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Of all the components of Solaris' Role Based Access Control (RBAC),
roles are the easiest the implement. When I explain the concept of
roles to people, they immediately get it.

OpenSolaris comes with a couple of roles pre-configured, most notably root. This has led to some frustration for newcomers to OpenSolaris as they don't understand why they can't log into their system as root.

as there is most likely no person in your organization named 'root', why do you wnat a user account on your system for a person that doesn't exist? Who is this root
user and who's accountable for what they do on the system? Over time
the password for the root user account always seems to proliferate. The principal of least privilege,
another RBAC concept that I'm not addressing here, is meant to limit
the need to hand out root access, but even in the absence of that,
wouldn't it be nice to know who's doing what as root on your system?

root configured as a role, gaining access to the root password becomes much less
valuable. Not only does one need the root password to access the system,
they also need their user account password. This also now makes whoever
has done anything as root on the system accountable for their actions.
You can then see who has switched to root by looking at the /var/adm/sulog:

bleonard@os200906:~$ tail cat /var/adm/sulog 
SU 09/18 13:46 + pts/2 bleonard-root
SU 09/19 10:01 + pts/2 bleonard-root
SU 09/19 10:01 + pts/2 bleonard-root
SU 09/19 10:15 + pts/2 bleonard-root
SU 09/19 10:15 + pts/2 bleonard-root
SU 09/19 10:16 + pts/2 bleonard-root
SU 05/24 10:24 - pts/3 bleonard-root

You can see the date and time the su was requested. The result (+ for succeed, - for fail). The terminal device. The user executing the su command and the user being switched to with su. Granted, this information would still exist if switching to root when root is also a user. However, with root as a role, the only way to become root is by switching to that user as you can't log in as root directly.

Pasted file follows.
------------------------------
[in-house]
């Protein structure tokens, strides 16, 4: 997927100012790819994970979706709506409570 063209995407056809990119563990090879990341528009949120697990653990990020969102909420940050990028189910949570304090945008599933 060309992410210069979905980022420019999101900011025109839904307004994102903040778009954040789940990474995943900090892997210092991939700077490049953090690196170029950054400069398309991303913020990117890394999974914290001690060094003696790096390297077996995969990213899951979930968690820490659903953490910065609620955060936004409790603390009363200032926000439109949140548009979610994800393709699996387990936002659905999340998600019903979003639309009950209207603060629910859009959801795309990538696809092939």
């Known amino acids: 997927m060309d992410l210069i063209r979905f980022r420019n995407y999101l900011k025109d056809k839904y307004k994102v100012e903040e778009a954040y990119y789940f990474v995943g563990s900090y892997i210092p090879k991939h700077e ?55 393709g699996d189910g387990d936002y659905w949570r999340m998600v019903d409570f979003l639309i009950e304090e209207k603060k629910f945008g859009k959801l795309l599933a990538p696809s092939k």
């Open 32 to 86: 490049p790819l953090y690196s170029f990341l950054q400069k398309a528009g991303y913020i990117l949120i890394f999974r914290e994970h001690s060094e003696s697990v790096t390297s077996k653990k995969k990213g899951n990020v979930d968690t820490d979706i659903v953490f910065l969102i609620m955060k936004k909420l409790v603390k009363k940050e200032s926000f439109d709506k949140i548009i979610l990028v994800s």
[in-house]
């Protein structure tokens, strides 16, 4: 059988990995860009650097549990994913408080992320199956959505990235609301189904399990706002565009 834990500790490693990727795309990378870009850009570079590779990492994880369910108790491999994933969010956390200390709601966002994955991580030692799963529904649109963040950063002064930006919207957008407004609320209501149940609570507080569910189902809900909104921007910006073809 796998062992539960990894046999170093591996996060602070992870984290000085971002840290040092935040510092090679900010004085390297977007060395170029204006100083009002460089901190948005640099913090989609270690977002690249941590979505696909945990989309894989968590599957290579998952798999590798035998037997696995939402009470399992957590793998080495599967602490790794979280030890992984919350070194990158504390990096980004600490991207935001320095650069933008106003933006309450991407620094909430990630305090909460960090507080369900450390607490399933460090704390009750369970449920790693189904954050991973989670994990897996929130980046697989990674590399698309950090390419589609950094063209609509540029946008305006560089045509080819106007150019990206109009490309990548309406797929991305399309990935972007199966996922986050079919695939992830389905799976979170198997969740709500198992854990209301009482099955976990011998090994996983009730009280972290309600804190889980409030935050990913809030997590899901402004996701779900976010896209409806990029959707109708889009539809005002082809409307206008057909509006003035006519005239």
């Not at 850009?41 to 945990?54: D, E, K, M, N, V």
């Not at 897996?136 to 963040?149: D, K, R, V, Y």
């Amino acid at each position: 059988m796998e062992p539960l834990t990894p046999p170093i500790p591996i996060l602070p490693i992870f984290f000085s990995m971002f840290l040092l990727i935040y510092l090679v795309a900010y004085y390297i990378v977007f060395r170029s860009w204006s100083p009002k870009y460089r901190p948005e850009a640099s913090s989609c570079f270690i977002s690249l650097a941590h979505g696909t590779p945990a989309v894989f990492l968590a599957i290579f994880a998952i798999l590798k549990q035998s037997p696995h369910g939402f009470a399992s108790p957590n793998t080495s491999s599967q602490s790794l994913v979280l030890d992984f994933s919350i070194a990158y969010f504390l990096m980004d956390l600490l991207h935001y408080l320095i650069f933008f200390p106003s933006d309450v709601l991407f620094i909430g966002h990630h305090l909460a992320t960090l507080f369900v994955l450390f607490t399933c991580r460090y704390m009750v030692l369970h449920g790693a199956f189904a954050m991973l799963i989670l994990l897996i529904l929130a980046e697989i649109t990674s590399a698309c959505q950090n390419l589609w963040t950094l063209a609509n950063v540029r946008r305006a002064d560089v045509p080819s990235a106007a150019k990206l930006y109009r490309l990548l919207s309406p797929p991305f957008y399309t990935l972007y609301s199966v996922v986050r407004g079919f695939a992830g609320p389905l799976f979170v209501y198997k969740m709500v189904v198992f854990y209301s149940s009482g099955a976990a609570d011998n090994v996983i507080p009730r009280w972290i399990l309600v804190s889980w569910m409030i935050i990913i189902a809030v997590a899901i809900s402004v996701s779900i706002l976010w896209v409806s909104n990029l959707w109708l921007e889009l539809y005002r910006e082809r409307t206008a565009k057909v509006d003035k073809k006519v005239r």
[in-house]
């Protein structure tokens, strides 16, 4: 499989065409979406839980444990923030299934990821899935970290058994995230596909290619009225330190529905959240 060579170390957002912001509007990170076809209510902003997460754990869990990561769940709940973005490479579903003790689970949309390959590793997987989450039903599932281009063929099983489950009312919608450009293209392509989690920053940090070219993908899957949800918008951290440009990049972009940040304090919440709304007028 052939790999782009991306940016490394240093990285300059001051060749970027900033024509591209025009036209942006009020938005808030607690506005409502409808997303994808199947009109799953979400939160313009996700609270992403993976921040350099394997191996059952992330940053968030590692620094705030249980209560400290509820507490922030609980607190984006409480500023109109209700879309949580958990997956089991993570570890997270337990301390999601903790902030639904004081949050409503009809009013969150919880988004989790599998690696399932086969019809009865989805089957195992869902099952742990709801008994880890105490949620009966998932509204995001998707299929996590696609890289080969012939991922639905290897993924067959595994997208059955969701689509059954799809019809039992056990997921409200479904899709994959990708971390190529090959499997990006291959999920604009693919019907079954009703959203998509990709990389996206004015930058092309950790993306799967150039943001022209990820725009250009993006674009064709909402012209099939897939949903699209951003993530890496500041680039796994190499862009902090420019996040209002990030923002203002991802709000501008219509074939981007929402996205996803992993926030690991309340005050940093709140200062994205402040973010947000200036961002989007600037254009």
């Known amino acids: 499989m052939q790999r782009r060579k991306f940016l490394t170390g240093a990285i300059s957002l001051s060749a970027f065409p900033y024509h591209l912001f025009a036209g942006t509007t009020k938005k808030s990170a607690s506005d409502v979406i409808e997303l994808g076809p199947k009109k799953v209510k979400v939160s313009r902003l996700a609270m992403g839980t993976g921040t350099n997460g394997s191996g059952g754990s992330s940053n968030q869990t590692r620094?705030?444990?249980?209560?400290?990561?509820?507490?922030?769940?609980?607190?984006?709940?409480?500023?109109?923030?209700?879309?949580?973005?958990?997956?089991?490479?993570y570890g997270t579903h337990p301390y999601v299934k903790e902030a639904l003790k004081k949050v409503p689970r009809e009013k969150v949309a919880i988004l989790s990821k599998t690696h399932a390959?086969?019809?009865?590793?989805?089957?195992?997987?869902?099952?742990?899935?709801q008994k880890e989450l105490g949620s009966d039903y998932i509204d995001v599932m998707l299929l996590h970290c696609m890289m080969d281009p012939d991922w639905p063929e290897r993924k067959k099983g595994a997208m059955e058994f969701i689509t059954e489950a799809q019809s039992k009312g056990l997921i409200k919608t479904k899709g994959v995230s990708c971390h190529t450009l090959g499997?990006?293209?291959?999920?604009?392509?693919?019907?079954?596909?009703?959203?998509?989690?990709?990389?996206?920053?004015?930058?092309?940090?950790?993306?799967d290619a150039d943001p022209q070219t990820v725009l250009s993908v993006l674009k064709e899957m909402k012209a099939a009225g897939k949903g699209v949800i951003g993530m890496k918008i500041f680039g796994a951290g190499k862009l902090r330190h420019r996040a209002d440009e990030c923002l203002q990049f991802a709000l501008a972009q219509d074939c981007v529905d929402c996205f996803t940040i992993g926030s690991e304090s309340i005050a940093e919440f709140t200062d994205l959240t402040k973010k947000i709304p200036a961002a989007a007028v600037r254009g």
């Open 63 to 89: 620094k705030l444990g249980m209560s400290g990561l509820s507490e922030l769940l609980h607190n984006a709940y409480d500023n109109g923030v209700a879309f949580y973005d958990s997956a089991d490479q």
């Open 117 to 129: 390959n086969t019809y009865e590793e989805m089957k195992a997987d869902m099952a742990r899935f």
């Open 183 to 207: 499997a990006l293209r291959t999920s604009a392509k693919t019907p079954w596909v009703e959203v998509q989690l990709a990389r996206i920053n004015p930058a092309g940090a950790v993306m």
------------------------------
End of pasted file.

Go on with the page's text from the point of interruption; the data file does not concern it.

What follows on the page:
Beyond root As a Role

The key take away here is to apply this same concept to other user
accounts on your system that are not actual users, but rather roles. A
great example that comes to mind is Oracle DB. The Oracle DB Installation Guide instructs us to create a user oracle.

Unless Gloria Foster worked for your company, you should actually be creating a role oracle. The roleadd and useradd commands are virtually identical. Likewise, there are equivalent rolemod and roledel commands. A role can have a home directory, a default shell, profiles - it's essentially a user that can't log in directly.

Roughly, here are the instructions supplied by Oracle to create the oracle user:

$ pfexec groupadd oinstall
$ pfexec groupadd dba
$ pfexec useradd -g oinstall -G dba oracle
$ passwd oracle

In the instructions above you can simply substitute roleadd for useradd:

$ pfexec roleadd -g oinstall -G dba oracle

Or, if Oracle's already set up as a user account, you can quickly switch it to a role as follows:

$ pfexec usermod -K type=role oracle

You then assign your actual users the oracle role. First test to see what roles the user already has, because the modification replaces any existing values:

bleonard@os200906:~$ roles bleonard
bleonard@os200906:~$ pfexec usermod -R root,oracle bleonard
UX: usermod: bleonard is currently logged in, some changes may not take effect until next login.
bleonard@os200906:~$ roles jdoe
No roles
bleonard@os200906:~$ pfexec usermod -R oracle jdoe

Now, to become the oracle, you just need to switch users:

bleonard@os200906:~$ su - oracle
Sun Microsystems Inc.

SunOS 5.11


November 2008
oracle@os200906:~$ id
uid=102(oracle) gid=1(other) groups=1(other)

Now just like with root, when a user on your system becomes oracle, it's logged:

bleonard@os200906:~$ pfexec tail /var/adm/sulog 
SU 09/19 10:16 + pts/2 bleonard-root
SU 05/24 10:24 - pts/3 bleonard-root
SU 05/25 04:35 - pts/2 bleonard-root
SU 05/25 04:36 + pts/2 bleonard-oracle
SU 05/25 04:37 + pts/2 bleonard-oracle
SU 05/25 04:38 + pts/5 jdoe-oracle

Of course, when you combine role based access control with auditing, you can get much more detailed information as to what these users are actually doing on the system. Auditing alone, without RBAC, would tell you what's happening, but you wouldn't actually know by who if the user could log in directly as oracle.

Finally, you can always easily switch a role back to a regular user. Note, since it's a role, you have to use the rolemod command instead of usermod:

$ pfexec rolemod -K type=normal oracle

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